For everyone who has ever wondered what Lawrence University is all about, a LIVE, 10-hour webcast Wednesday, Oct. 11 will provide an insider’s look at some of the people and programs that make the university an interesting and vibrant place.

Lawrence’s fourth annual Giving Day event, which will be webcast live at go.lawrence.edu/givingday from 11 a.m. to 9 p.m., features interviews with faculty, administrators, accomplished alumni and students, including some who currently are studying abroad. There also will be nearly a dozen live musical performances, hands-on demonstrations and maybe a surprise guest appearance or two.Giving Day studio

Kasey Corrado, Lawrence’s social media director, will be back in the hostess chair for the fourth year in a row. She’ll be joined by Ken Anselment, dean of admissions and financial aid, who returns for his second stint as co-host.

“Even though this is our fourth annual Giving Day and we’ve gotten into a bit of a groove when it comes to the live show, there is still that undeniable excitement about what is going to take place when the red light goes on,” said Corrado, who calls Giving Day “her favorite day of the year at Lawrence.”

“I love meeting with guests and showcasing how they contribute to the Lawrence community in a variety of ways” she added. “We’ve put together another wonderful line-up of student musicians, leaders and athletes, alumni and staff. I’m looking forward to sharing their stories with our audience.”

Anselment, whose lone battle scar from his initial Giving Day hosting duties — a scratchy throat from over talking — admitted that will serve as a helpful reminder to keep the focus on the guests.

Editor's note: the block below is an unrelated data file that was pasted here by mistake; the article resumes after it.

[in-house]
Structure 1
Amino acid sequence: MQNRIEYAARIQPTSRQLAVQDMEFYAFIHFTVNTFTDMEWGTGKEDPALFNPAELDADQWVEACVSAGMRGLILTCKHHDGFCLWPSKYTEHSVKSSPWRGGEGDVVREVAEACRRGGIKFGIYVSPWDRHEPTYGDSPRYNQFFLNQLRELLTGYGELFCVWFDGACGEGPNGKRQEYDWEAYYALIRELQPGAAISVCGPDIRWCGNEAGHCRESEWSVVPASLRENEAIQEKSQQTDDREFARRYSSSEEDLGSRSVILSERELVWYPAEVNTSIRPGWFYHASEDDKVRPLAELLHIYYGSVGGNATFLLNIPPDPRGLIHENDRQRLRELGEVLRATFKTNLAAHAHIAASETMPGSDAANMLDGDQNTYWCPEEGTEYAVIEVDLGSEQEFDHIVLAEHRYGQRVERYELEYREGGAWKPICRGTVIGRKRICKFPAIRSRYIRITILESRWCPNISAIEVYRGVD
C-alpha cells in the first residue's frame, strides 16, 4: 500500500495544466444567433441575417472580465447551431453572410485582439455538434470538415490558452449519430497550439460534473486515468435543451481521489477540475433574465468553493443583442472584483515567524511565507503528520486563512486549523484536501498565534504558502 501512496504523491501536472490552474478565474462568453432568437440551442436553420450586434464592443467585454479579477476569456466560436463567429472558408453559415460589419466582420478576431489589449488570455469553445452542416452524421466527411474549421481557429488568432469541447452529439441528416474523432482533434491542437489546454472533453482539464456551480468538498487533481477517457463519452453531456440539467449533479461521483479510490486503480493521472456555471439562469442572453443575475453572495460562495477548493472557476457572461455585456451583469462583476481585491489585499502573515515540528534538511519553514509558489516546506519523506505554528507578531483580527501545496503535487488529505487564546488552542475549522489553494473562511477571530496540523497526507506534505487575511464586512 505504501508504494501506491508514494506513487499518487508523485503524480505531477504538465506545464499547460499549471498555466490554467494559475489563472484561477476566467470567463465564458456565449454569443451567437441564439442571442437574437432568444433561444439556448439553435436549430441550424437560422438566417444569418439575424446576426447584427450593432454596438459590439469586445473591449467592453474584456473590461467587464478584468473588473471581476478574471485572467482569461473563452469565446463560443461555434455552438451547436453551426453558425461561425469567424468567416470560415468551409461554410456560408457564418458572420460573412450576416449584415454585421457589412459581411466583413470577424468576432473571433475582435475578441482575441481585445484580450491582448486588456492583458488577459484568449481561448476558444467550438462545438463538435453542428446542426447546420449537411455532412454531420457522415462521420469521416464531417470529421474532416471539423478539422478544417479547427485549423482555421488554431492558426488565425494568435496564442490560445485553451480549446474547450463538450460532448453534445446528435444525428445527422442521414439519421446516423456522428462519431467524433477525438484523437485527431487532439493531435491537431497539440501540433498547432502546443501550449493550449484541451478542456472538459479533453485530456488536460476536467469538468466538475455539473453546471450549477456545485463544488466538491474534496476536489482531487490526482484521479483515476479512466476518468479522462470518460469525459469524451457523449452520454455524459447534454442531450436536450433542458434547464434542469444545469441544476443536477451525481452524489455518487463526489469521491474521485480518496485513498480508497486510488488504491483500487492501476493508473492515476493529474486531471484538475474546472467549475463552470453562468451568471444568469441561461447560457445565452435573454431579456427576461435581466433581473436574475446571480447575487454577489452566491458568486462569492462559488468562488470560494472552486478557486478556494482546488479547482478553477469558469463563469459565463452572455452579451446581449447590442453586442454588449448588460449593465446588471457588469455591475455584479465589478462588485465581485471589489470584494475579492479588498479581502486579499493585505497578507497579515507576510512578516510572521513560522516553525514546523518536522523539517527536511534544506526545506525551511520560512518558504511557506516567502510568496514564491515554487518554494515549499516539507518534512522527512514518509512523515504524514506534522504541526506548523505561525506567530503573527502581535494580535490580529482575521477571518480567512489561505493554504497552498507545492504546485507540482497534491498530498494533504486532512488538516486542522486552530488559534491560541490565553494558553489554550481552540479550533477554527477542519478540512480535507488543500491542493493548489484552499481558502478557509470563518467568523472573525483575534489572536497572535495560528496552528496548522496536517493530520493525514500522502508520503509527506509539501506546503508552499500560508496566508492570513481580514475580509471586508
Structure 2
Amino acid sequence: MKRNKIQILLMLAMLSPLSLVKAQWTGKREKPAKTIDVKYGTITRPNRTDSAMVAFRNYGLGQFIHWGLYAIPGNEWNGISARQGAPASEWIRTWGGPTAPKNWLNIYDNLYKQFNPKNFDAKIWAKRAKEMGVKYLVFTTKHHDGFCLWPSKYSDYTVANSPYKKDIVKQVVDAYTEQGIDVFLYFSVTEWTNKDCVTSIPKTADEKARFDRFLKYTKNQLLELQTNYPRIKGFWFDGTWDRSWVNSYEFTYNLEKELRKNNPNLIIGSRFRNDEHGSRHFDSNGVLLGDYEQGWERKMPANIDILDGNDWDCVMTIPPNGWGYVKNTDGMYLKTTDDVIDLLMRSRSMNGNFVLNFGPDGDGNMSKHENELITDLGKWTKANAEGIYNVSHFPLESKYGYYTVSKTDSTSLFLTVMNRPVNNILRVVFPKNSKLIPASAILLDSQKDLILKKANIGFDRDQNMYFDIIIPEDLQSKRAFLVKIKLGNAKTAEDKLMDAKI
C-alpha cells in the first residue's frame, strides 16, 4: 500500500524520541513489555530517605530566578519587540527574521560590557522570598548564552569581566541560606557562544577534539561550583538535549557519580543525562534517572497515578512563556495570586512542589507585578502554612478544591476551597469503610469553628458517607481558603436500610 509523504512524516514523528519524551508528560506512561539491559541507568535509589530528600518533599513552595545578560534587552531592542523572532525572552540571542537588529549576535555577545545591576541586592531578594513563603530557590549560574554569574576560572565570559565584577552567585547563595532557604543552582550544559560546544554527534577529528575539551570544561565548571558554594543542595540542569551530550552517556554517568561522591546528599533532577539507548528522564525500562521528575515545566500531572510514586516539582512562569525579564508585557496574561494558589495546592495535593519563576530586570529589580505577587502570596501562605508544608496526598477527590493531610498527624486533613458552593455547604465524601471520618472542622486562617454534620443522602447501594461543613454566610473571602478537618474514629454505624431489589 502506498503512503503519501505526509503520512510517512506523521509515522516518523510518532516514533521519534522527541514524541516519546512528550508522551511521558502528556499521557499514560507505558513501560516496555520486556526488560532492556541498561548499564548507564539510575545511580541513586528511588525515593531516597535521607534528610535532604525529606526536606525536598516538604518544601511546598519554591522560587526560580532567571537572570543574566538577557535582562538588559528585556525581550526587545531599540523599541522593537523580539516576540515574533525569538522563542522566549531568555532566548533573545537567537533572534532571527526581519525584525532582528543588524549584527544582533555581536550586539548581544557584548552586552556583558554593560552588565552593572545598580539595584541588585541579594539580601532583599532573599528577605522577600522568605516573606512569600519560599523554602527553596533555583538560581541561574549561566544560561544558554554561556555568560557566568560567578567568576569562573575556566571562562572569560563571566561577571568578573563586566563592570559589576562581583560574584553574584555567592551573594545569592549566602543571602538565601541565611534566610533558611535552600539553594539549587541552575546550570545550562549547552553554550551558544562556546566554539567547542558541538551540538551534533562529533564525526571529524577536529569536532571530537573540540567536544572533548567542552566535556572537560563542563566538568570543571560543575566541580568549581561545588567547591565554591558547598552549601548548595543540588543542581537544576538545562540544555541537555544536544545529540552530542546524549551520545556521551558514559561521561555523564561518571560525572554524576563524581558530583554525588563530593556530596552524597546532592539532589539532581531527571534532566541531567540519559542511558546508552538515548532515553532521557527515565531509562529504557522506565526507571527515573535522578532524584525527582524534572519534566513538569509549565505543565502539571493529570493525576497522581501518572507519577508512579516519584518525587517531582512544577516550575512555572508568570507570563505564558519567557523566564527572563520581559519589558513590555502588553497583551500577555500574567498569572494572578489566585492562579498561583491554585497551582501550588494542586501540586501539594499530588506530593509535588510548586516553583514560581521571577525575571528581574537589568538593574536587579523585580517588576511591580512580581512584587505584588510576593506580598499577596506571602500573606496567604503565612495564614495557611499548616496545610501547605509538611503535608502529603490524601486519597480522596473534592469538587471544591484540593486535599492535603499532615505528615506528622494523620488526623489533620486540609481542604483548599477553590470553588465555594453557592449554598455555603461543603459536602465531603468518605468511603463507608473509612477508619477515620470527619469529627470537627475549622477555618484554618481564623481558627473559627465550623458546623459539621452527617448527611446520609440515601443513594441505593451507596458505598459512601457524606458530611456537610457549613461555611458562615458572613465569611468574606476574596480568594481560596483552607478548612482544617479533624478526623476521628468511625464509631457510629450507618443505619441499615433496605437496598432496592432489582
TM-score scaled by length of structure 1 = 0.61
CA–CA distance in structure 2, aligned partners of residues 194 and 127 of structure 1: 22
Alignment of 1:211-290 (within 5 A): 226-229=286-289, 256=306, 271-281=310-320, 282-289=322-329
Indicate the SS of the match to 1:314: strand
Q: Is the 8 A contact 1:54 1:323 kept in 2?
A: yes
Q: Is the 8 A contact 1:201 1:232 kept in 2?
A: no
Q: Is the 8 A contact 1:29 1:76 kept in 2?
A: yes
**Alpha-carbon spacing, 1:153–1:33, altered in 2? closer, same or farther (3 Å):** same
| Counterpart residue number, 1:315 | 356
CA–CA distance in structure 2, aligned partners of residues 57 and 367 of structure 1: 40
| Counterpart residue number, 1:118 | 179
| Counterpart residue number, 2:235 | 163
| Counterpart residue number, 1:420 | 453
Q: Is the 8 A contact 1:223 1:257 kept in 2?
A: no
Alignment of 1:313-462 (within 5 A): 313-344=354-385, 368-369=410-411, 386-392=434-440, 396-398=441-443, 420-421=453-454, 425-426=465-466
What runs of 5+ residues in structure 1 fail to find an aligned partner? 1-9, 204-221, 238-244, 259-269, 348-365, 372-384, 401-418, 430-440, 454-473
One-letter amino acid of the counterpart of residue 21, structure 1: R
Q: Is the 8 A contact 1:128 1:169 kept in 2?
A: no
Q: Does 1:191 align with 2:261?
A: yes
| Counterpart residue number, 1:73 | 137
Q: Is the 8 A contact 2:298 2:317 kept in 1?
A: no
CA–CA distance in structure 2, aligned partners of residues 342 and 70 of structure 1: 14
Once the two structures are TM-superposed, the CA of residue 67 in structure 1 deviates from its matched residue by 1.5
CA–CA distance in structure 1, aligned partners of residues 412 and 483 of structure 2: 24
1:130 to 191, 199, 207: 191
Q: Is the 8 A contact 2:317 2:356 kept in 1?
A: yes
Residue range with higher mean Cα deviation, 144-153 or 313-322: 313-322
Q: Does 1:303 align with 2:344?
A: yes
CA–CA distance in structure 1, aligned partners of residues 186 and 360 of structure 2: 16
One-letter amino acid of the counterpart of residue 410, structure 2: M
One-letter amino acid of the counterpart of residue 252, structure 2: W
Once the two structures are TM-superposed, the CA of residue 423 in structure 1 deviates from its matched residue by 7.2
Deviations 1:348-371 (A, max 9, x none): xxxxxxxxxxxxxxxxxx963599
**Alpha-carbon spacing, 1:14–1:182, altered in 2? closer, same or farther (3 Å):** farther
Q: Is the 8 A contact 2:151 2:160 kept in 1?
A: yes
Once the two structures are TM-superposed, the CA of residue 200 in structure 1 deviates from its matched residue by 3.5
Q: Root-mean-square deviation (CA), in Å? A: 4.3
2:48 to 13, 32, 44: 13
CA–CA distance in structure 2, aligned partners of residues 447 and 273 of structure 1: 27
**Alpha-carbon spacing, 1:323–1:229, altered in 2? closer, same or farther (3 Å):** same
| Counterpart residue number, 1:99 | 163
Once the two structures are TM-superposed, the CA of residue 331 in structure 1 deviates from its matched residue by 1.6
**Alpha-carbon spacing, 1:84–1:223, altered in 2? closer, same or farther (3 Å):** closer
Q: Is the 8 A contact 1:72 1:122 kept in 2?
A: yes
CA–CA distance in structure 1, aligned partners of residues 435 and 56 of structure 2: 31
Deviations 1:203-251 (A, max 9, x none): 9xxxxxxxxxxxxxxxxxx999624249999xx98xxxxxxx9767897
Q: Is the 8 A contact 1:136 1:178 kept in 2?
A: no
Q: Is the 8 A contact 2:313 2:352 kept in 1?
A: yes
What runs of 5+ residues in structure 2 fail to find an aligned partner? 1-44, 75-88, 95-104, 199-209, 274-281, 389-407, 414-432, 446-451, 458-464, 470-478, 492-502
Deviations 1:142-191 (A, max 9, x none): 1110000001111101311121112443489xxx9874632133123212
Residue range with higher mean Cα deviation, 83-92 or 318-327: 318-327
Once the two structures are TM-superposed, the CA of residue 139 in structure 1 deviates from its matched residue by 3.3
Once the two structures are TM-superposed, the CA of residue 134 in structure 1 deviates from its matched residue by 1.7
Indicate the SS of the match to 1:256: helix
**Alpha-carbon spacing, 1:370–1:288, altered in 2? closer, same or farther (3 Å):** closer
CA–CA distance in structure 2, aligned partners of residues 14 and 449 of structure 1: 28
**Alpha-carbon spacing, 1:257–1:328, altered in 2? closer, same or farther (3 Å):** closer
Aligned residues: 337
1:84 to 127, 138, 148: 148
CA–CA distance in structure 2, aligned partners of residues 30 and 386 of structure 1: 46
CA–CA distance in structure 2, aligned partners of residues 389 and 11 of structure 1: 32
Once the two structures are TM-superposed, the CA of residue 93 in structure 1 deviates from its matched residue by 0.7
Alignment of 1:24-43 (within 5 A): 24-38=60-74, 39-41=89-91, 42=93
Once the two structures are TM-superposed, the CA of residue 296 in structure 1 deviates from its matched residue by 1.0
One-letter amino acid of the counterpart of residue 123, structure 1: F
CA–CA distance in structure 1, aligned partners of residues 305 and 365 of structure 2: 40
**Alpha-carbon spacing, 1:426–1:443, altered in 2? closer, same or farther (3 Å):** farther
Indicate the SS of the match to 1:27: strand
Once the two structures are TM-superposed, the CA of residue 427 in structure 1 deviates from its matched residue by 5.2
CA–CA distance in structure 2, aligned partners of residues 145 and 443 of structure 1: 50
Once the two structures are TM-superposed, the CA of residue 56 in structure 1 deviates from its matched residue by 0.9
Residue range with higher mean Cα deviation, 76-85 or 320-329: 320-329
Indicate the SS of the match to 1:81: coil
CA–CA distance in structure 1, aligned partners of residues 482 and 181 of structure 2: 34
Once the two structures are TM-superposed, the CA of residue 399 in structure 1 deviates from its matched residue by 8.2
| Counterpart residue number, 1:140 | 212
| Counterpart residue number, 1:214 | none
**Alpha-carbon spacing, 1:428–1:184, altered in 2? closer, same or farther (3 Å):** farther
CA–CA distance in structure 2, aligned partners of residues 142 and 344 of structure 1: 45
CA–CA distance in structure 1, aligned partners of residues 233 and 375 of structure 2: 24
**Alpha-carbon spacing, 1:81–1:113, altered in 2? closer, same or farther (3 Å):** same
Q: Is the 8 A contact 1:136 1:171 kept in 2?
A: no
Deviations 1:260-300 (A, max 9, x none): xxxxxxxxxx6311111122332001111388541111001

“Giving Day is about letting members of the Lawrence community shine in all their multi-interested, multi-talented ways,” said Anselment. “My job is to set them up and let them be at their brightest.”

It’s the surprises that come with hours of planned, yet improvised, programming, where some of the best moments happen, said Anselment.

STudent musicians performing on Giving Day
Musical performances are always a staple of Lawrence’s Giving Day webcast.

“I knew last year the day was going to be special during our very first segment when President Burstein picked up the pom-poms and shook them right along with the dance team. Now that’s commitment,” he said, adding that getting lifted by Lawrence dance instructor Margaret Paek— who is about half his size — was a lesson in grace and physics “I won’t soon forget.”

An eclectic cast of Lawrence “celebrities” scheduled to visit with Corrado and Anselment include:
President Mark Burstein

Gary Vaughan, discussing Lawrence’s innovation and entrepreneurship program, including a presentation from a member of last spring’s winning team at The Pitch Competition.

Amy Ongiri from the film studies program, with staff videographer Chris Gore-Gammon, who will give a virtual reality demonstration.

Copeland Woodruff talking opera

Coaches from the athletic department

Biologist Israel Del Toro discussing the Pollinator Project.

Performances by the Faculty Brass, Cantala women’s choir, an ensemble of 19 cellists, and others.